Freedom of Speech, Rockwell
From the website of the Norman Rockwell Museum. Rockwell created a series of four paintings in 1943, collectively called the Four Freedoms. The picture to the left shows “Freedom of Speech,” based on a Vermont town meeting. A print of the painting hangs in the Cambridge town offices.

I started our conversation by asking what is going well in Cambridge.  Marguerite immediately summed it all up by saying, “Everything.”  She continued, “Cambridge is trying to do all the ‘right things,’ and looking for an equitable quality of life for everyone.”

George added, “There is a great mix of people here.  There’s good volunteer engagement, both in town government and other organizations, like the rescue squad.  The population is growing slightly, and moderate growth is a nice place to be.  Many towns in Vermont are shrinking.”  He further pointed out the unmissable.  “There is great scenery, with mountains and rivers.”  Marguerite said there’s a very active bike culture, along with paddling, hiking, and snowmobiles.  “Vermont needs that four-season utility of its resources.”

Something I’ve enjoyed while talking to Cambridge leaders is when our conversations wander to critical municipal issues that I know little about.  Marguerite noted, for example (and I hope I have this right), that Cambridge has the most road mileage out of all the towns in the county.  This is a big issue if snow removal is part of the annual routine.  There are several state roads that the state plows, and then the town plows the rest, including in the villages of Cambridge and Jeffersonville.

I’ve mentioned before that I have had more discussions of wastewater treatment on these trips than I ever would have imagined.  In this conversation, I learned that the village of Cambridge has a public water supply, the Village of Jeffersonville has a public water supply and a sewer system, and the rest of the town offers neither.  Unless they live in one of the villages, everyone is dependent on wells and septic systems.  Unlike in Cambridge, NY where wastewater treatment was a major issue, George called it a small issue, though he said that “sewers aren’t the bottleneck [to development], but the water is.”  The Village of Jeffersonville needs to expand its water sources and, they said, find ways to protect those sources.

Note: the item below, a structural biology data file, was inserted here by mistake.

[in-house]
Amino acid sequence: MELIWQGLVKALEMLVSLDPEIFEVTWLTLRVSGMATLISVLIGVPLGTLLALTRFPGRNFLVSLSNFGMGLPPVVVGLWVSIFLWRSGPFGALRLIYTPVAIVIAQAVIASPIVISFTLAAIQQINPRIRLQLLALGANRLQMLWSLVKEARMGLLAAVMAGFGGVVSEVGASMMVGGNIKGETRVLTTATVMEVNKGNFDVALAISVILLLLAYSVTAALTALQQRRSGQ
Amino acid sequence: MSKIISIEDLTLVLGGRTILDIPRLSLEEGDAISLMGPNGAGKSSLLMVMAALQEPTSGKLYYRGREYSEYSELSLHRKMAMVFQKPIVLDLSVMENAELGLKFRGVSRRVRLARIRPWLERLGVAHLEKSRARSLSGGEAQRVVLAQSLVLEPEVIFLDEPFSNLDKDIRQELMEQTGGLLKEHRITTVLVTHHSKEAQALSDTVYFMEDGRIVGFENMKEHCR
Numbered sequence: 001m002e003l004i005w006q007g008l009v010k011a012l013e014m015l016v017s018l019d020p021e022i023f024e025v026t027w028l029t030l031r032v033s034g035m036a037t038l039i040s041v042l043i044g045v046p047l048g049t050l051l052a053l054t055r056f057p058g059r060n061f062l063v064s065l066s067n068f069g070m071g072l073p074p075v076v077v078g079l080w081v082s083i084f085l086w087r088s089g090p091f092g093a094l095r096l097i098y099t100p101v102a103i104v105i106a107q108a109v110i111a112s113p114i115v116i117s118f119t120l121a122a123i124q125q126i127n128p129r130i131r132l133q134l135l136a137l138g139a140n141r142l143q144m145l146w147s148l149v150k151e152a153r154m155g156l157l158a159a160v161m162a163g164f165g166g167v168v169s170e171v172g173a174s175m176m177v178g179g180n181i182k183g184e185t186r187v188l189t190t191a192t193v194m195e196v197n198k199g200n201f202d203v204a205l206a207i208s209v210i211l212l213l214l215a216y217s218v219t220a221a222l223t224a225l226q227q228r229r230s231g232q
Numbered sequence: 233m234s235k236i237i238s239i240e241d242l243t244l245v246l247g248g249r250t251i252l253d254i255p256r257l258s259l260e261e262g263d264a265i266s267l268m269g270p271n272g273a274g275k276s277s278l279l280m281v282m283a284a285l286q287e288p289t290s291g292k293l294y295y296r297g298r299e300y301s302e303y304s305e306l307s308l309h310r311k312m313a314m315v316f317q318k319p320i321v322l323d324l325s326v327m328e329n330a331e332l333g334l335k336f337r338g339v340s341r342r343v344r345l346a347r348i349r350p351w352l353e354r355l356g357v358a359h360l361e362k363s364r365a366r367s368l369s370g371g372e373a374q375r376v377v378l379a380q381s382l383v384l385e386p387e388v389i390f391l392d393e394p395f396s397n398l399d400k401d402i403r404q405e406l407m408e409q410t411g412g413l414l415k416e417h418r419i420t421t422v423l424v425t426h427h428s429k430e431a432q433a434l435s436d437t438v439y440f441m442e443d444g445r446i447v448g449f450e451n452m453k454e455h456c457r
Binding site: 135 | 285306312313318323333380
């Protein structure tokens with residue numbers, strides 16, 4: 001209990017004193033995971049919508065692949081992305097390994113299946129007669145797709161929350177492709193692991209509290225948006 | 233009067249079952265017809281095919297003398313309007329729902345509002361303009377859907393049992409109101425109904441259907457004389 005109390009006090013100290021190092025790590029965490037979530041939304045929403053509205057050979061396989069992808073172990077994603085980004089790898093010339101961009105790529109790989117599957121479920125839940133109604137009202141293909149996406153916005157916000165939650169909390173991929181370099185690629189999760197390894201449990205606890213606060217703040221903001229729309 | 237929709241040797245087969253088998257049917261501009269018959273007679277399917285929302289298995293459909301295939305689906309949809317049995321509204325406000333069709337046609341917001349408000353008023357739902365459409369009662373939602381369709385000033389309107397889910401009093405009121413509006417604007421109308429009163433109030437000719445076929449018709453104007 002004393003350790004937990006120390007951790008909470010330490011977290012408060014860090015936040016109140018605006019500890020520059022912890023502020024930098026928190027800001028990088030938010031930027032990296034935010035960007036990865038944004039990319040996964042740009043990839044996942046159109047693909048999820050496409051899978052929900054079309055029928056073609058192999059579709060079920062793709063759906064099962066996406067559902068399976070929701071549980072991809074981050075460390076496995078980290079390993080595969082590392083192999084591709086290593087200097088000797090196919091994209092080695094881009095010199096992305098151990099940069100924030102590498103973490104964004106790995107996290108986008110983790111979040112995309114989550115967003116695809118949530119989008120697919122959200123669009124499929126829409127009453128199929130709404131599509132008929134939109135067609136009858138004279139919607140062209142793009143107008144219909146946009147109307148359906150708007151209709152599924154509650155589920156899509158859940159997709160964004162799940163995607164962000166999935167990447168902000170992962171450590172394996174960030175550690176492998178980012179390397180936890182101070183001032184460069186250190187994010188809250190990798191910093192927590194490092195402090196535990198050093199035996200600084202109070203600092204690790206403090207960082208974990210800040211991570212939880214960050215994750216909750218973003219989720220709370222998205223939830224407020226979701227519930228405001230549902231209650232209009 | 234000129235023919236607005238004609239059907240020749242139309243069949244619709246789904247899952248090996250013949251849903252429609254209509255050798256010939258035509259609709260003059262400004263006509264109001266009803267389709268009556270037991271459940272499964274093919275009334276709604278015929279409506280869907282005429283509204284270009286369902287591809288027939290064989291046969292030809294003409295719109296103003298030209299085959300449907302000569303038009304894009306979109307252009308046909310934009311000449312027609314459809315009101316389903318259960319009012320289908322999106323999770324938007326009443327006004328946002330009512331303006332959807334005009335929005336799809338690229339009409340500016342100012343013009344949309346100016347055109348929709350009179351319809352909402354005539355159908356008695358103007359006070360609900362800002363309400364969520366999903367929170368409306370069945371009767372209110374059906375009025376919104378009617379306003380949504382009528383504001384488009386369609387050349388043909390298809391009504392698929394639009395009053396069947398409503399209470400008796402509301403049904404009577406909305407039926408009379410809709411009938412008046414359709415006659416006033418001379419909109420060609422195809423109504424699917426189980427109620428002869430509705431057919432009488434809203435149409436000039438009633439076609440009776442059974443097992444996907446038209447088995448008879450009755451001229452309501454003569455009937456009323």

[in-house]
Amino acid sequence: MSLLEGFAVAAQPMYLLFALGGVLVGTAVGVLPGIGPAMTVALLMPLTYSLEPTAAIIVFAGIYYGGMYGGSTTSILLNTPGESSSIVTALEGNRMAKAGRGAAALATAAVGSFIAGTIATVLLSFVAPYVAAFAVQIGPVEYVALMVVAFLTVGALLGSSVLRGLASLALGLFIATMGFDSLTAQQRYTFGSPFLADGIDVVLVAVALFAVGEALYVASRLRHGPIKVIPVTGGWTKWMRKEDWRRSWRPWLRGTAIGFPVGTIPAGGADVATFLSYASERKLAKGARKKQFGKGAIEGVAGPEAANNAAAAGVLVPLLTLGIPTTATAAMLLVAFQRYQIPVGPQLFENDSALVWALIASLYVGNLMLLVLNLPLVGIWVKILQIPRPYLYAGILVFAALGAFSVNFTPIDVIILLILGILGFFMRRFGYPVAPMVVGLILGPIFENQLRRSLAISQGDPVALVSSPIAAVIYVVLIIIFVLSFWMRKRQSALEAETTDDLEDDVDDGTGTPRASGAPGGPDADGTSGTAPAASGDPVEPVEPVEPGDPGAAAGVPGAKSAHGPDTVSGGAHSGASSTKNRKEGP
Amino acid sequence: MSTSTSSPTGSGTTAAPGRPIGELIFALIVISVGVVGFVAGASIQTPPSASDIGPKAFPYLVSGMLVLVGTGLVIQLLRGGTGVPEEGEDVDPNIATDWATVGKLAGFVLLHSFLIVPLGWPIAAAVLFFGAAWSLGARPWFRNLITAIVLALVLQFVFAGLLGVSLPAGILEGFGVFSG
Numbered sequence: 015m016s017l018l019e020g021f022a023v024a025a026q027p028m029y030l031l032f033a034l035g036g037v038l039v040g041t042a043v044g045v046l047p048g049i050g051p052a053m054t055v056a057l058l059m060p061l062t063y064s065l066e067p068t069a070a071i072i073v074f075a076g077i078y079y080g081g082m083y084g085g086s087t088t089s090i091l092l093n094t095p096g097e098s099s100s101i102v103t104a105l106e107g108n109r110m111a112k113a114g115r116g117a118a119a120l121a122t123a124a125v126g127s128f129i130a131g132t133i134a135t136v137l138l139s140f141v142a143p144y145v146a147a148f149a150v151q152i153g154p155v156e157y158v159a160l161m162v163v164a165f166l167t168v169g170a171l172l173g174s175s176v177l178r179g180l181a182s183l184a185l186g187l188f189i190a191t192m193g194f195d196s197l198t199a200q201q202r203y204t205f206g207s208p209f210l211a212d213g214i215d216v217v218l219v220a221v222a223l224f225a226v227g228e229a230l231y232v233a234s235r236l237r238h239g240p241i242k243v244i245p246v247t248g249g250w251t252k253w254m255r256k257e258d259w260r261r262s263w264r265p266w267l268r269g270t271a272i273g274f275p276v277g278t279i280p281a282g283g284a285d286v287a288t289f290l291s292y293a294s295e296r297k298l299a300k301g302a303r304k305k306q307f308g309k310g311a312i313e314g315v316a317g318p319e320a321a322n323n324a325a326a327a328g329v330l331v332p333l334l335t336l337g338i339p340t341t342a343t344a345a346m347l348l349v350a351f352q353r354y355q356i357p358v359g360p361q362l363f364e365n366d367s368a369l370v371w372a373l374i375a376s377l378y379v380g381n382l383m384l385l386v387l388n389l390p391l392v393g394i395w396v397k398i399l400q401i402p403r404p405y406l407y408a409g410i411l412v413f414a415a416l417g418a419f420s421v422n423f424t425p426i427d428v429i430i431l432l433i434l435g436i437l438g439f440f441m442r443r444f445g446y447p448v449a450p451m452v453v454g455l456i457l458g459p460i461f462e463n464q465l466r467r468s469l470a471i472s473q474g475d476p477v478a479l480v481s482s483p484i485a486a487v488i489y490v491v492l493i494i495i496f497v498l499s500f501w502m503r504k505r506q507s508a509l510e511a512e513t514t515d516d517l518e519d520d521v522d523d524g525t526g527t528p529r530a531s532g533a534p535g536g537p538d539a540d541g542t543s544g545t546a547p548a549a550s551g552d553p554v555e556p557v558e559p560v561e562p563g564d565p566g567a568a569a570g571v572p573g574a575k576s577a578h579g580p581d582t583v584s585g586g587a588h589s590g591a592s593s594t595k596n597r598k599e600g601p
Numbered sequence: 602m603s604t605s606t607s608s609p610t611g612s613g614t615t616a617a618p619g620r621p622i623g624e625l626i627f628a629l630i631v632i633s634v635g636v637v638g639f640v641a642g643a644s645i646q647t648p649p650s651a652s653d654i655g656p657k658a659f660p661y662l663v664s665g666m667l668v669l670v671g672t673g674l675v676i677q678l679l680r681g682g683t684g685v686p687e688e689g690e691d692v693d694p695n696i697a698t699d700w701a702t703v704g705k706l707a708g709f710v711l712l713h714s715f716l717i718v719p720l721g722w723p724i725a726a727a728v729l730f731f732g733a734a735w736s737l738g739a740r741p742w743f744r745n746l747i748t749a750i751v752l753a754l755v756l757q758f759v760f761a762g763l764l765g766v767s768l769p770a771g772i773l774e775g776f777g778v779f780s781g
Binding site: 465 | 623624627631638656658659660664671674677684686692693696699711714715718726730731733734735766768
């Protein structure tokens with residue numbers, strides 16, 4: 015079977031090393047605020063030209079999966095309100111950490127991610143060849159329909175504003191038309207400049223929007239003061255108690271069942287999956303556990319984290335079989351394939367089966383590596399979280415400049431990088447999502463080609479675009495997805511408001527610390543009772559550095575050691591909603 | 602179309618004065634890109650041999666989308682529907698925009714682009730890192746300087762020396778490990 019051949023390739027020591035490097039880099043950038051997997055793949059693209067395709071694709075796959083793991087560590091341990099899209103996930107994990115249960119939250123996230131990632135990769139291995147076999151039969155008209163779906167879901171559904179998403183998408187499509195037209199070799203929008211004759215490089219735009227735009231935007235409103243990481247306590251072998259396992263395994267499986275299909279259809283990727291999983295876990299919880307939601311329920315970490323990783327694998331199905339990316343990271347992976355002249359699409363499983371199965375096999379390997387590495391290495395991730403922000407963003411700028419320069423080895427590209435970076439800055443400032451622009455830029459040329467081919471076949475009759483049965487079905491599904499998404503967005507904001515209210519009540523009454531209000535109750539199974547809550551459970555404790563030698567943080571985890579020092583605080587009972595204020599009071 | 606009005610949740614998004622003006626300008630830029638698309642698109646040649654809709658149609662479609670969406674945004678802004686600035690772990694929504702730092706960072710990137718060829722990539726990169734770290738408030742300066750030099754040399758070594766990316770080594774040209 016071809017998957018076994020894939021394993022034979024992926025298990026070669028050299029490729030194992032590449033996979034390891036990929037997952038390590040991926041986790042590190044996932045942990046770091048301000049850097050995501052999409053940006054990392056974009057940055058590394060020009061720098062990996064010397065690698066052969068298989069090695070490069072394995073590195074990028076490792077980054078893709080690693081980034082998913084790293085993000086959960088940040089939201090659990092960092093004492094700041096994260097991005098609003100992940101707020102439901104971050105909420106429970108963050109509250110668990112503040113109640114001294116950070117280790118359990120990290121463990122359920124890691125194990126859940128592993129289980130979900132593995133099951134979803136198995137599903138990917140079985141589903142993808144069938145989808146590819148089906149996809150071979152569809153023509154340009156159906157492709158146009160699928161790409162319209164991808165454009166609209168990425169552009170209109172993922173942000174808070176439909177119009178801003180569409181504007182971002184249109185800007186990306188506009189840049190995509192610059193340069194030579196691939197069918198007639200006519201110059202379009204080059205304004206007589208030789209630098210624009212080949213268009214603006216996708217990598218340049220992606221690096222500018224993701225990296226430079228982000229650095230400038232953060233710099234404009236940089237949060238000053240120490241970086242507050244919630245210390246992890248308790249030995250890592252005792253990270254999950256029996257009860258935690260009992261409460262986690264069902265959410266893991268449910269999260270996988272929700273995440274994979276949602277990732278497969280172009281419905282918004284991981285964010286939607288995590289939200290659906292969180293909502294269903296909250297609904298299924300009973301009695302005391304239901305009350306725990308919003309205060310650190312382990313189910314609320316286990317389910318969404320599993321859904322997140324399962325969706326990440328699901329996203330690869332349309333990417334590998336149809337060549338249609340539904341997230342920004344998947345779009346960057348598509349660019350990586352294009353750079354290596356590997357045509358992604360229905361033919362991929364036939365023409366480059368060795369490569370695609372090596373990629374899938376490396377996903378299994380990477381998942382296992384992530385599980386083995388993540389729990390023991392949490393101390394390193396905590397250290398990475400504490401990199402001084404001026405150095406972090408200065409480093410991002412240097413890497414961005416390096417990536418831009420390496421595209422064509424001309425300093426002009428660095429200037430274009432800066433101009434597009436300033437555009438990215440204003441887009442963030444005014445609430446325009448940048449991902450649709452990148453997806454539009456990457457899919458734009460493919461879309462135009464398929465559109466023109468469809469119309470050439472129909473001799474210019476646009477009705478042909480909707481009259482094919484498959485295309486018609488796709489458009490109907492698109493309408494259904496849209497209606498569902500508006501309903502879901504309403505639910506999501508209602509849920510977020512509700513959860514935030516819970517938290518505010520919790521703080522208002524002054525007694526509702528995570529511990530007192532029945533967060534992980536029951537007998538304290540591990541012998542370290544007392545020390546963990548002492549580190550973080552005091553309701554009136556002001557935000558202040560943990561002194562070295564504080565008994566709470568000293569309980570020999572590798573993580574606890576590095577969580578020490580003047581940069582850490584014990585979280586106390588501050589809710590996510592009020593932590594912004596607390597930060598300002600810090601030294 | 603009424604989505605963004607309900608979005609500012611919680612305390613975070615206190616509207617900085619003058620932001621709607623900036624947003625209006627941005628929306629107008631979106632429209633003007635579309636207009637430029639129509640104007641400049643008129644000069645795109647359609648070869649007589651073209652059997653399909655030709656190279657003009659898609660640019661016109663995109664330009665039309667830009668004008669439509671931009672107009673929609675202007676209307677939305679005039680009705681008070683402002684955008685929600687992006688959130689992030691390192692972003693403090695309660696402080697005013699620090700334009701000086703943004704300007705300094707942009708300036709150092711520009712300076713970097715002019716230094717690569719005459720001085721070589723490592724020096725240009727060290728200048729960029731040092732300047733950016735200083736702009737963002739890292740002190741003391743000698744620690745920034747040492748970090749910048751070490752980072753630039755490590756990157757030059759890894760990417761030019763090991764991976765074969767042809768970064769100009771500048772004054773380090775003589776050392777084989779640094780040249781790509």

I also raised the topic of broadband.  George said that “Some towns around Cambridge have broadband committees.  We’re in the process of organizing an economic development committee and looking at bringing broadband to town.”  The telephone company provides DSL access but Cambridge is “not served by any of the large cable companies.”  There are two smaller companies — Stowe Cable, and Mansfield Community Fiber — and the town wants “to work with those two companies to wire up the town with fiber.”  He continued, “A lot of people want to work remotely and can’t do that,” though he pointed out that there is “better cell coverage than in many rural towns.”  Marguerite added that realtors report that potential buyers routinely ask about internet access before they consider buying a house or property.

I told Marguerite and George that I had spent the previous afternoon at Smuggler’s Notch, the ski resort, which George called “good neighbors.”  He said, “They employ a lot of people seasonally.  Some retirees work there in the summers, leading hikes.  And all the tourists lead to spin-off business, like lodging.”  Marguerite explained that Smugg’s helps Cambridge’s “grand list,” the list of property in town that may be assessed taxes, especially because many of the condos at Smugg’s are second homes, used in the summer or during ski season.  In Vermont, “If it’s not your main residence, it can be taxed a little higher.  It helps the town have those services that other towns might not be able to afford with this population.”  She also noted that “A lot of people who work there are on our committees and volunteer here.  It’s clear they value the town.”

I still have so much to share from my conversation with Marguerite and George that I think it will be best to finish my report in a second post.  I’ll be back soon.

Town Office sign, VT